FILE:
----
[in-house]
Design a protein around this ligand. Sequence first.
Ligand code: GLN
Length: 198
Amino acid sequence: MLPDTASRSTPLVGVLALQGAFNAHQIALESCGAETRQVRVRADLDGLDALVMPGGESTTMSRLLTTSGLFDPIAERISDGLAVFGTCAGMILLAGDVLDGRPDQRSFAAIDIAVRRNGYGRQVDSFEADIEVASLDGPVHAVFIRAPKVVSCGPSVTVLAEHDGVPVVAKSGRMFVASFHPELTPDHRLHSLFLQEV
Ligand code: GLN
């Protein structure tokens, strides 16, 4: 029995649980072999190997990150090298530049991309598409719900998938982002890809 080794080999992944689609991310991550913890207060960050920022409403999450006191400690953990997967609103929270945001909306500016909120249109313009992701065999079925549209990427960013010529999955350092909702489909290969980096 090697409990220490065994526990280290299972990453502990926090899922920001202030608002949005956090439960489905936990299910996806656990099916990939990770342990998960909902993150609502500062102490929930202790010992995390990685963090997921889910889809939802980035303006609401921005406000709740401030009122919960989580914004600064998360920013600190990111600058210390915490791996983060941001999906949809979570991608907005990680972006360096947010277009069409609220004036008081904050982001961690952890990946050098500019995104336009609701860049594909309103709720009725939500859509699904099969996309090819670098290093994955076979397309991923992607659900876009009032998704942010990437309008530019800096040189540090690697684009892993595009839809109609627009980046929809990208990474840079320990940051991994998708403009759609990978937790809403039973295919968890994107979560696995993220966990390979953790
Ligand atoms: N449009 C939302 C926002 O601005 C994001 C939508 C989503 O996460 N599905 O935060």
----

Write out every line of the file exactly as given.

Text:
[in-house]
Design a protein around this ligand. Sequence first.
Ligand code: GLN
Length: 198
Amino acid sequence: MLPDTASRSTPLVGVLALQGAFNAHQIALESCGAETRQVRVRADLDGLDALVMPGGESTTMSRLLTTSGLFDPIAERISDGLAVFGTCAGMILLAGDVLDGRPDQRSFAAIDIAVRRNGYGRQVDSFEADIEVASLDGPVHAVFIRAPKVVSCGPSVTVLAEHDGVPVVAKSGRMFVASFHPELTPDHRLHSLFLQEV
Ligand code: GLN
């Protein structure tokens, strides 16, 4: 029995649980072999190997990150090298530049991309598409719900998938982002890809 080794080999992944689609991310991550913890207060960050920022409403999450006191400690953990997967609103929270945001909306500016909120249109313009992701065999079925549209990427960013010529999955350092909702489909290969980096 090697409990220490065994526990280290299972990453502990926090899922920001202030608002949005956090439960489905936990299910996806656990099916990939990770342990998960909902993150609502500062102490929930202790010992995390990685963090997921889910889809939802980035303006609401921005406000709740401030009122919960989580914004600064998360920013600190990111600058210390915490791996983060941001999906949809979570991608907005990680972006360096947010277009069409609220004036008081904050982001961690952890990946050098500019995104336009609701860049594909309103709720009725939500859509699904099969996309090819670098290093994955076979397309991923992607659900876009009032998704942010990437309008530019800096040189540090690697684009892993595009839809109609627009980046929809990208990474840079320990940051991994998708403009759609990978937790809403039973295919968890994107979560696995993220966990390979953790
Ligand atoms: N449009 C939302 C926002 O601005 C994001 C939508 C989503 O996460 N599905 O935060």